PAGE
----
Since the pressure of the reactive gas adapted to be introduced within the reactive space is typically between 10−1 Pa to 103 Pa, the pressure within the gaseous corrective gap can be substantially equal to said injected gas pressure. Typically, the reactive gas pressure within the plasma discharge zone 13 will be comprised between 1 Pa and 30 Pa for an etching process, and will be comprised between 30 Pa and 103 Pa for a PECVD process. Accordingly, the pressure within the corrective gap (31, 51 . . . ) will typically be a low pressure. So, such a gaseous dielectric gap could be called as a “partial vacuum gap”.
In FIG. 6, the substrate 35′ (of a uniform thickness) is laying on a solid dielectric plate (surface 41 a) which can correspond to the ceramic plate 41 of FIG. 4 in an inverted position. The front, inner surface 41 a of the plate 41 is flat, while its back surface 41 b is convex and directly in contact with the lower metallic electrode 45, the inner surface of which is presently concave. So, the plate 41 is a sort of “lens”.
The electrodes 33, 45 illustrated in FIG. 7 correspond to the electrodes of FIG. 5. The substrate 35′, which has a uniform thickness, is planar and parallel to the upper metallic electrode 33. Substrate 35′ is laying on small posts 47 which are erected between the electrode 45 and the substrate. The non planar internal upper surface 51 b of the electrode 45 gives a non uniform thickness e6 to the gaseous gap 61 between the electrode 45 and the substrate 35′. Thus, the space 61 acts as a corrective dielectric layer for compensating the process non uniformity and enables the substrate 35′ to be uniformly treated by the plasma discharge.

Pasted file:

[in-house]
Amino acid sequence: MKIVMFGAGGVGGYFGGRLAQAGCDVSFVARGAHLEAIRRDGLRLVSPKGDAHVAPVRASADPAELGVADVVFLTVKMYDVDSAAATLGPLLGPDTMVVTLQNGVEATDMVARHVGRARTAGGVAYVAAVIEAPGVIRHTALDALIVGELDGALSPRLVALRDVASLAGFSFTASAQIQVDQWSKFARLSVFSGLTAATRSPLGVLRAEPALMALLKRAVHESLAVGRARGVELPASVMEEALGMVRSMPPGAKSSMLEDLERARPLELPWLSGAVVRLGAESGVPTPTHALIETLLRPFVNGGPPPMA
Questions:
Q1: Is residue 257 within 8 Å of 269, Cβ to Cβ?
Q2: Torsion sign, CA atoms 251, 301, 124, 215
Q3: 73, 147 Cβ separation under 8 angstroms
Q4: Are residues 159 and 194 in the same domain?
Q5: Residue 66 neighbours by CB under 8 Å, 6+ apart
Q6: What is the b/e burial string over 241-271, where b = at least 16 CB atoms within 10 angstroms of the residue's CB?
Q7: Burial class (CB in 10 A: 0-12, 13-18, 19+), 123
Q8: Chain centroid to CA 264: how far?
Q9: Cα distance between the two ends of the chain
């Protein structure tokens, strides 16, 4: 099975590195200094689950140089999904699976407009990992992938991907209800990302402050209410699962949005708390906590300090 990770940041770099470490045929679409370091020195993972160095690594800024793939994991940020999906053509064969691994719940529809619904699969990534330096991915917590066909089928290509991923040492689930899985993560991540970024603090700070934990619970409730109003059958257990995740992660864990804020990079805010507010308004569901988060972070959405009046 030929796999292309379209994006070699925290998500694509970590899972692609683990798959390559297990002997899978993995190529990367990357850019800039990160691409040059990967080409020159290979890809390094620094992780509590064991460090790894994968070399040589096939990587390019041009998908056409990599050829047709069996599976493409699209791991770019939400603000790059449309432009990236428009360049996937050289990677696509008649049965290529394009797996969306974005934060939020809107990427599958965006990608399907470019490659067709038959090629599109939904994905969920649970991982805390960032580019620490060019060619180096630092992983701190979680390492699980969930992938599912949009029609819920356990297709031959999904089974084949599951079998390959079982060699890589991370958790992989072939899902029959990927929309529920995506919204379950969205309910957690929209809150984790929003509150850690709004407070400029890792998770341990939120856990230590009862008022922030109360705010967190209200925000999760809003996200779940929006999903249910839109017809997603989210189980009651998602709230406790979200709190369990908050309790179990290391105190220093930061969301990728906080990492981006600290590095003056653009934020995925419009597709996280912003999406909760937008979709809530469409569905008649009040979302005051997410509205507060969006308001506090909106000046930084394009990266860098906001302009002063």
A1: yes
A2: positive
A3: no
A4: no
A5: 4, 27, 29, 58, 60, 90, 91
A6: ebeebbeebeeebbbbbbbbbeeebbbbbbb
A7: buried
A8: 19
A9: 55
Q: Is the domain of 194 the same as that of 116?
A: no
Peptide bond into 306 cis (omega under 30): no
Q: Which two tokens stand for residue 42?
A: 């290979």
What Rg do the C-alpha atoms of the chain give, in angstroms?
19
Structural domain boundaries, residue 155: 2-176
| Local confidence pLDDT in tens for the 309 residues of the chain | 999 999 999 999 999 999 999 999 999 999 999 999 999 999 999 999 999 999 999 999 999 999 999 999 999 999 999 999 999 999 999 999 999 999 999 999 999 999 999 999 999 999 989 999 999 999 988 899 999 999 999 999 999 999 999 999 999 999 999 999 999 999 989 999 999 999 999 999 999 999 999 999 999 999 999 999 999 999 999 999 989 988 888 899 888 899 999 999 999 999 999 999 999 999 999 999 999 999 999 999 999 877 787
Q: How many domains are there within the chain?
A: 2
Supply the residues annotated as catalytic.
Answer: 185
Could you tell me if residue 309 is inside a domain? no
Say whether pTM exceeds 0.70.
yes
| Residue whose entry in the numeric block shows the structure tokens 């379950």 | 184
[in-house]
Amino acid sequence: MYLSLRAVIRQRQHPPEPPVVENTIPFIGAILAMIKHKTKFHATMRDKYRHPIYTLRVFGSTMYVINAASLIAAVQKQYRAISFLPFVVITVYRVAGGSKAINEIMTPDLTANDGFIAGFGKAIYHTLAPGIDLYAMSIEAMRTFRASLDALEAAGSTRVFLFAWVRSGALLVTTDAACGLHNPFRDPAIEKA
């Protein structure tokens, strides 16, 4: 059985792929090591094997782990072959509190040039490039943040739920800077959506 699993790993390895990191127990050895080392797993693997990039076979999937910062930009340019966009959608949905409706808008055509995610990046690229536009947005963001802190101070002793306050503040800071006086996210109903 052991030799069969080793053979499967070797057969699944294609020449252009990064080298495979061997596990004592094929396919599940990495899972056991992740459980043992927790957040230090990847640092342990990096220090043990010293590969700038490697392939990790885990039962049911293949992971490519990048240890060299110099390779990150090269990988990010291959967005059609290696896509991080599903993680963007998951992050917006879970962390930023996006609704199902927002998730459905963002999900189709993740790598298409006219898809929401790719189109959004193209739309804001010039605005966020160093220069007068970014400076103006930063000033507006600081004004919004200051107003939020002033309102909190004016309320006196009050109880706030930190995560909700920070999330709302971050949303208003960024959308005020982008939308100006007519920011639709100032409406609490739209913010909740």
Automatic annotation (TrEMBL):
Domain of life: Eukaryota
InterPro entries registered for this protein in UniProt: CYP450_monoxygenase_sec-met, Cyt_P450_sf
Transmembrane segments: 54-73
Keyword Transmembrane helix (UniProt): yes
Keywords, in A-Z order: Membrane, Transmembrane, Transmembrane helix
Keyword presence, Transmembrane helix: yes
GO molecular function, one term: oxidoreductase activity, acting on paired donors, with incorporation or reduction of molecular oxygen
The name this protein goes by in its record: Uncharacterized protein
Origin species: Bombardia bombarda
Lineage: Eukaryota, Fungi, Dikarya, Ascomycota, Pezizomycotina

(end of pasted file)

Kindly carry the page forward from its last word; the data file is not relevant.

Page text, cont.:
In FIG. 8, the two opposed electrodes 25, 33 have a uniform thickness, are planar and are parallel from each other. The tailored layer 71 is obtained from a non planar substrate 65 arranged on erected posts 57. The elevations of such “spacing elements” 57 are calculated for giving the substrate 65 the required non planar profile. The design of FIG. 8 should be mechanically the most attractive, because both electrodes 33, 25 remain flat and the profile of the small gap 71 is defined by the inserts 57.
For any purpose it may serve, it will be noted that the radiofrequency power can be fed either on the electrode on which the substrate is attached, or on the opposite electrode.
In the examples of arrangements illustrated in FIGS. 1 to 8, it will further be noted that the tailored layer (11, 31, 41, 51, 61, 71) will preferably have a thickness calculated as a Gaussian bell-shape for the electrode to electrode distance (on the basis of the above-mentioned “central” arrangement). Then, said tailored layer itself will be deduced from a truncation of the bell-shape, what is left, namely the pedestal of the bell-shape after truncation is the space for the plasma gap (internal process space 13), and the substrate.